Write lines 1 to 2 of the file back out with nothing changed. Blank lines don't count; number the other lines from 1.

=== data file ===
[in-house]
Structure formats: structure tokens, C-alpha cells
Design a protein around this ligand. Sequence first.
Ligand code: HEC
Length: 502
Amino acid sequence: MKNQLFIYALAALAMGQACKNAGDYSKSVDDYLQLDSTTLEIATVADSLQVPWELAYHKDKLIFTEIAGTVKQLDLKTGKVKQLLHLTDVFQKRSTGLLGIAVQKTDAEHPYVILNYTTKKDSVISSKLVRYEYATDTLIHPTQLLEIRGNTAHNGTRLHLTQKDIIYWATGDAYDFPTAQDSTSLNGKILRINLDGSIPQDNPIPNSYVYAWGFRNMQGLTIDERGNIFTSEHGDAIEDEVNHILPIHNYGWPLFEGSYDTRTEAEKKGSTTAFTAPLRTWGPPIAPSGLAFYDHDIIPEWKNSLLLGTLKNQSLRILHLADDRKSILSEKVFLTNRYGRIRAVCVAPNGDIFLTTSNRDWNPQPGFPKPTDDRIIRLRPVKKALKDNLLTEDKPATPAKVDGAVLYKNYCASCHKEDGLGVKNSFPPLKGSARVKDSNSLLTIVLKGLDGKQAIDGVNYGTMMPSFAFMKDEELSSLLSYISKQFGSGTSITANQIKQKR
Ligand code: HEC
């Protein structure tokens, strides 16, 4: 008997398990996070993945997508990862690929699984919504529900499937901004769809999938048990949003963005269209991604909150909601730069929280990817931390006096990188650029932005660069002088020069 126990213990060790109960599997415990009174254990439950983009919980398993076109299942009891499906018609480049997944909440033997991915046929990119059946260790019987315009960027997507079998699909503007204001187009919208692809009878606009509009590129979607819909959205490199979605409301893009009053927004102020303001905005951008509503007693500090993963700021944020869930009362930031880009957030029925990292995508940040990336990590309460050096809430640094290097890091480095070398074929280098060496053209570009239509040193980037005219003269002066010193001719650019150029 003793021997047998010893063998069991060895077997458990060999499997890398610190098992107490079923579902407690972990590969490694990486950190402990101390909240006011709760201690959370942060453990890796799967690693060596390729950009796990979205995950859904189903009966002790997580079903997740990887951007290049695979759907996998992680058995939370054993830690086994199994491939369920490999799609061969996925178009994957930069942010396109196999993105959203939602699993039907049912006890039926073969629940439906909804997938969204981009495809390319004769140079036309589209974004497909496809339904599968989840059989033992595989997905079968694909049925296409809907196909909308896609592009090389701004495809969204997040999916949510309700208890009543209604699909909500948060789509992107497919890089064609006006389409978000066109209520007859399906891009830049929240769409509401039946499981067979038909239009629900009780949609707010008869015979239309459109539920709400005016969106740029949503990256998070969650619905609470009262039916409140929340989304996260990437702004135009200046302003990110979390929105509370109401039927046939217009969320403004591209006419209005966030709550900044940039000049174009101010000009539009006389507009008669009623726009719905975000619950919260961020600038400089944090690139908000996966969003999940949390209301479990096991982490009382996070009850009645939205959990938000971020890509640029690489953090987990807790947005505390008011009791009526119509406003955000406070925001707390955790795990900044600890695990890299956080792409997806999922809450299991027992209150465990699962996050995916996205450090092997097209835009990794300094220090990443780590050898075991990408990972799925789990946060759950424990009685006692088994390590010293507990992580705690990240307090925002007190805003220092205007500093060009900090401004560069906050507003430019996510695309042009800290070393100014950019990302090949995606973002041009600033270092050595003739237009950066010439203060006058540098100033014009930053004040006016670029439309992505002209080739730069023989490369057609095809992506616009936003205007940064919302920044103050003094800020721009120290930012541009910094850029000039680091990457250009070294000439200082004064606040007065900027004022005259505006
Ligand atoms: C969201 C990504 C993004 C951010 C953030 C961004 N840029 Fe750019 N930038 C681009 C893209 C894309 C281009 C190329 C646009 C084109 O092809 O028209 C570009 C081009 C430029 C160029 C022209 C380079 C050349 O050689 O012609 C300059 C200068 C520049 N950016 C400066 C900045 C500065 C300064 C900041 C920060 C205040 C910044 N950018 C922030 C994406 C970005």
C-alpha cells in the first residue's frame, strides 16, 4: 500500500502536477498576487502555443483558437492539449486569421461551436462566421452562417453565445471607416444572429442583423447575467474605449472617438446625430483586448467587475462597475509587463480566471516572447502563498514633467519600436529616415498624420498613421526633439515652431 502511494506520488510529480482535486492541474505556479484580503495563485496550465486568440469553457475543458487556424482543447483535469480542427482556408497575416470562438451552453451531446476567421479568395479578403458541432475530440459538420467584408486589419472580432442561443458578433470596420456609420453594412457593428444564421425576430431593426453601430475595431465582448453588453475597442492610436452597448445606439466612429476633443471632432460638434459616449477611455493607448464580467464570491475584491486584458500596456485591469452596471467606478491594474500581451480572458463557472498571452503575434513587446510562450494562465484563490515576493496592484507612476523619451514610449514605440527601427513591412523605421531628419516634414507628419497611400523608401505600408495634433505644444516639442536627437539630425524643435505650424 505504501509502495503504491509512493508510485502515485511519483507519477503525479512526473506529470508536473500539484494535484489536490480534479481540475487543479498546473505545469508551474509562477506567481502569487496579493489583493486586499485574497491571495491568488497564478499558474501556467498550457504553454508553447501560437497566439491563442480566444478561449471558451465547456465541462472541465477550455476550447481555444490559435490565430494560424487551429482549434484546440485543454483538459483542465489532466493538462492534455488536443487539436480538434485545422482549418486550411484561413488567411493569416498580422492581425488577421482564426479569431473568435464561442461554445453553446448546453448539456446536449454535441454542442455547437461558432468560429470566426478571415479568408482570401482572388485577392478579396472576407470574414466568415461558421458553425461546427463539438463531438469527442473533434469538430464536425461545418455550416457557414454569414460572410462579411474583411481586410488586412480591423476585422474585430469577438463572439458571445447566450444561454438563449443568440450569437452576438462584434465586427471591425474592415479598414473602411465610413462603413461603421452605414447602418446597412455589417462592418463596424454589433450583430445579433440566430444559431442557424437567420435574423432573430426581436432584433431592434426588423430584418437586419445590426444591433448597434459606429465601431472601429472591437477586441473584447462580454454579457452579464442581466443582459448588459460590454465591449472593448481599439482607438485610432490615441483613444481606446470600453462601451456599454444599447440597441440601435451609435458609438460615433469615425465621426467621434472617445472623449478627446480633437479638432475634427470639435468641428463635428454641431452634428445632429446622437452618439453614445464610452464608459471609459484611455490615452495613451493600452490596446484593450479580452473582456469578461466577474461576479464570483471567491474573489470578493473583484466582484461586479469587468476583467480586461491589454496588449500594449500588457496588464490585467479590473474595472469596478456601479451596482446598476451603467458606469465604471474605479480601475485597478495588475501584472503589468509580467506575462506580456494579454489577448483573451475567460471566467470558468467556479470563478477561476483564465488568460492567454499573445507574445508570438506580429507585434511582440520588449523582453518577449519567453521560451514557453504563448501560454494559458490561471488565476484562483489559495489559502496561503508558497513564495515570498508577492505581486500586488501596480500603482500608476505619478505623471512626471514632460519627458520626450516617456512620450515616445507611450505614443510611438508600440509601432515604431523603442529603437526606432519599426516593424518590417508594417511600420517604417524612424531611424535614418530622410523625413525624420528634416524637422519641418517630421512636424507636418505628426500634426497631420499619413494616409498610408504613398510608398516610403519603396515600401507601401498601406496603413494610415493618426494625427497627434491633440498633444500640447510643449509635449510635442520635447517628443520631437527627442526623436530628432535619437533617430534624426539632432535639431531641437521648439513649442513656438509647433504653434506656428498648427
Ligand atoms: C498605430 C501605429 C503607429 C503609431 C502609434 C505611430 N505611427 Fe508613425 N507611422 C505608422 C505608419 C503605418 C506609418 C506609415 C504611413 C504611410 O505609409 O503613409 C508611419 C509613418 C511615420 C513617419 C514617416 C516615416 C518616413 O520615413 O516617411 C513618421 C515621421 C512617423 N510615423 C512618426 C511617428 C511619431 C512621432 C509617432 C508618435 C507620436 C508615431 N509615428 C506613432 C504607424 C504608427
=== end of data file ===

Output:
[in-house]
Structure formats: structure tokens, C-alpha cells